(Statewide) – Responses to the Q2 2017 InformCT Consumer Confidence Survey suggest it is possible the uncertainty of the state’s budget situation may be contributing to the decreased likelihood of purchasing.
Sixty-nine percent of respondents said that state budget cuts would have some or a significant effect on their personal budgets (up from 56% in Q1 2016, when previously asked). The share saying there would be a significant impact increased from 15% to 22%, while the share saying there would be some impact increased from 41% to 47%. The percentage expecting an impact on their personal budgets from state budget cuts grows as respondent incomes decrease.
Fifty-eight percent thought the state should reduce spending to remedy the budget situation, similar to 2016 (59%). In addition, 45% of respondents also thought the state should increase taxes on the top 1% of households, a two-percentage point increase. There was also a two-percentage point increase in those who thought the state should raise taxes on businesses (from 13% to 15%).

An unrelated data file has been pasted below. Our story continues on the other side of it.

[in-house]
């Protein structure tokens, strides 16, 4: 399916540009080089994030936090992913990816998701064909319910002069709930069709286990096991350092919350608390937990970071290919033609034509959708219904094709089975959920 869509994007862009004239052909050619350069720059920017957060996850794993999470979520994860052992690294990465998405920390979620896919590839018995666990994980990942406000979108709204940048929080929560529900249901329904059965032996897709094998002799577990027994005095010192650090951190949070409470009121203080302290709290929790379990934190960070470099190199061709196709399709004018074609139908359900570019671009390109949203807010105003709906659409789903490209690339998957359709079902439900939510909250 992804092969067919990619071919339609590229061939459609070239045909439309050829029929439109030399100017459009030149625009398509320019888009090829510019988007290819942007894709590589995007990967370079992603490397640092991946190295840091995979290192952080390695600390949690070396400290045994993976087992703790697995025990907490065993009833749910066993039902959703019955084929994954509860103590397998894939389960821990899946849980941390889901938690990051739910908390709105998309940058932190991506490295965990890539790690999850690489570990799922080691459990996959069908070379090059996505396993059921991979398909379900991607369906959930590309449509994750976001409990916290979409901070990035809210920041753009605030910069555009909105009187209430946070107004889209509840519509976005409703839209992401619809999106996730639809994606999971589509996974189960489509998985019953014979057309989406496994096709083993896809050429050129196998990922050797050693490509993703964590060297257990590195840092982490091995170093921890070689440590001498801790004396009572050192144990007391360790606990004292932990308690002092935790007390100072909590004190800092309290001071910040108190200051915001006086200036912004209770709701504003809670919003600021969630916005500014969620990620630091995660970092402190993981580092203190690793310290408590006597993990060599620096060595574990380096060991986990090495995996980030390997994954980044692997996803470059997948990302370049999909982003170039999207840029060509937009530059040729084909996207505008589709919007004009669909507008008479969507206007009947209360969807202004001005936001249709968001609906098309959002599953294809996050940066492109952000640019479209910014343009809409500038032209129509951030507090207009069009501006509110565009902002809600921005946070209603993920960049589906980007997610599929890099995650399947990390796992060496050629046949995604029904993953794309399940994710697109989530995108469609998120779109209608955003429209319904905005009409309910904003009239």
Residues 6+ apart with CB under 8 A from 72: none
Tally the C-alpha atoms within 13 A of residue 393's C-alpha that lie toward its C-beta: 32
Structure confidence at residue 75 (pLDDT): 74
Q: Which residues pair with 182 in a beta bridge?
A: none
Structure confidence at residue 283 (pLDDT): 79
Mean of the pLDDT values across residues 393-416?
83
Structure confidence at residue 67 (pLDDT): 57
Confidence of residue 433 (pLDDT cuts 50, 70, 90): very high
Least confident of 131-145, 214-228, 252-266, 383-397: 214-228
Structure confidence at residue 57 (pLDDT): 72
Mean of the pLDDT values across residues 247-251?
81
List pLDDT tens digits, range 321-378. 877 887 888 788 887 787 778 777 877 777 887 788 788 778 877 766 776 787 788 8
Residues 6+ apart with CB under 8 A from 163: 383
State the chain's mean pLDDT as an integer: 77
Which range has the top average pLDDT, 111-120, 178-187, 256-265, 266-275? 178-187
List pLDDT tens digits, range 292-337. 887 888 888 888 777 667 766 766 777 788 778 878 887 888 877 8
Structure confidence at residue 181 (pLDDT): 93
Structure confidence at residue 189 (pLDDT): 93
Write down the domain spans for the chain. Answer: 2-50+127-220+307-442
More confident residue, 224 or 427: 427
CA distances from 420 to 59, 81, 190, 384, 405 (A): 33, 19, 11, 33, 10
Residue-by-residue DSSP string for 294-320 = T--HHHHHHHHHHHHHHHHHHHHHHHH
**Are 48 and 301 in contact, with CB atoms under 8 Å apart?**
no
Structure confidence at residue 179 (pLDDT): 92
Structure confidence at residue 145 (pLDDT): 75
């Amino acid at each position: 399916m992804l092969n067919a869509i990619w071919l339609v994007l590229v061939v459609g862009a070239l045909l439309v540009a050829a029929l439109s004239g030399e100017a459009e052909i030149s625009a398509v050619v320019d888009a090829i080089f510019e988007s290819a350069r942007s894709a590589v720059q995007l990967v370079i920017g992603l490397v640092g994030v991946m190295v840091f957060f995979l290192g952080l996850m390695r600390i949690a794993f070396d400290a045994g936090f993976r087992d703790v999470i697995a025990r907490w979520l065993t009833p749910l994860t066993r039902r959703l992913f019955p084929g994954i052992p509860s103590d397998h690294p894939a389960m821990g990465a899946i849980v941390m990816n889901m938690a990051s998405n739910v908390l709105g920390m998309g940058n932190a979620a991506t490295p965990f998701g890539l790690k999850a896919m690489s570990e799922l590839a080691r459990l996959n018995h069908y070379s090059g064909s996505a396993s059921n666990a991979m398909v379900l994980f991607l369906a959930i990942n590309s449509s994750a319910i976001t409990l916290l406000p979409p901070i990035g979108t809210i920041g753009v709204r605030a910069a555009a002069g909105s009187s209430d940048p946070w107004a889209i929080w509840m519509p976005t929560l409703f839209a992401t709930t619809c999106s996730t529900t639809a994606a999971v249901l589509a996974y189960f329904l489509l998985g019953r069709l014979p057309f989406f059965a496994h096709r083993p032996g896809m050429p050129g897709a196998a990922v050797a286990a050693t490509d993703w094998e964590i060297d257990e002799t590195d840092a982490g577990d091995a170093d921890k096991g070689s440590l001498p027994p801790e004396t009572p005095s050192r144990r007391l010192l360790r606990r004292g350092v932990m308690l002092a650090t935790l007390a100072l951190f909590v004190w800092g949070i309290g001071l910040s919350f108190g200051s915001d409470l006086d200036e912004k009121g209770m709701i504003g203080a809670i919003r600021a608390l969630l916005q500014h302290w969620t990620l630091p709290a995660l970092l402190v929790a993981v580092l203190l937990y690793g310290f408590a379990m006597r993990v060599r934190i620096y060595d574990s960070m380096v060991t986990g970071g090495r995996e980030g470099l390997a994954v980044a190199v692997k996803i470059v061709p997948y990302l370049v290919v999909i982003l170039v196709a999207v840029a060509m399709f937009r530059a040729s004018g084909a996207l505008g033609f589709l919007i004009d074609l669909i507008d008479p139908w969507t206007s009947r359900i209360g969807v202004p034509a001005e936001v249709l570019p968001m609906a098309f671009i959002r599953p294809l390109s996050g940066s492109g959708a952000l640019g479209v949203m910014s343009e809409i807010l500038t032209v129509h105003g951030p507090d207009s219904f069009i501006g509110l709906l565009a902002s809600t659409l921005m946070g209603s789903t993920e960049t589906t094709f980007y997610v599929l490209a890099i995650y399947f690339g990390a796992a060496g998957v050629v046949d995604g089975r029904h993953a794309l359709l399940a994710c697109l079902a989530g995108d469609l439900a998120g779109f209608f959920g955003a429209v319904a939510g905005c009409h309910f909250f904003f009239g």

As for the current discussions about funding of pensions for public school teachers, 44% said the responsibility should be equally divided between state and municipal governments, while 38% said the state government was only or mostly responsible, and only 18% said municipal governments had most or all responsibility.
The survey is released by InformCT, a public-private partnership that provides independent, non-partisan research, analysis, and public outreach to help create fact-based dialogue and action in Connecticut. Administered by researchers from the Connecticut Economic Resource Center, Inc. and Smith & Company, the analysis is based on the responses of residents across Connecticut and addresses key economic issues, providing a glimpse of the public’s views. The survey of 505 state residents has a margin of error of 4%.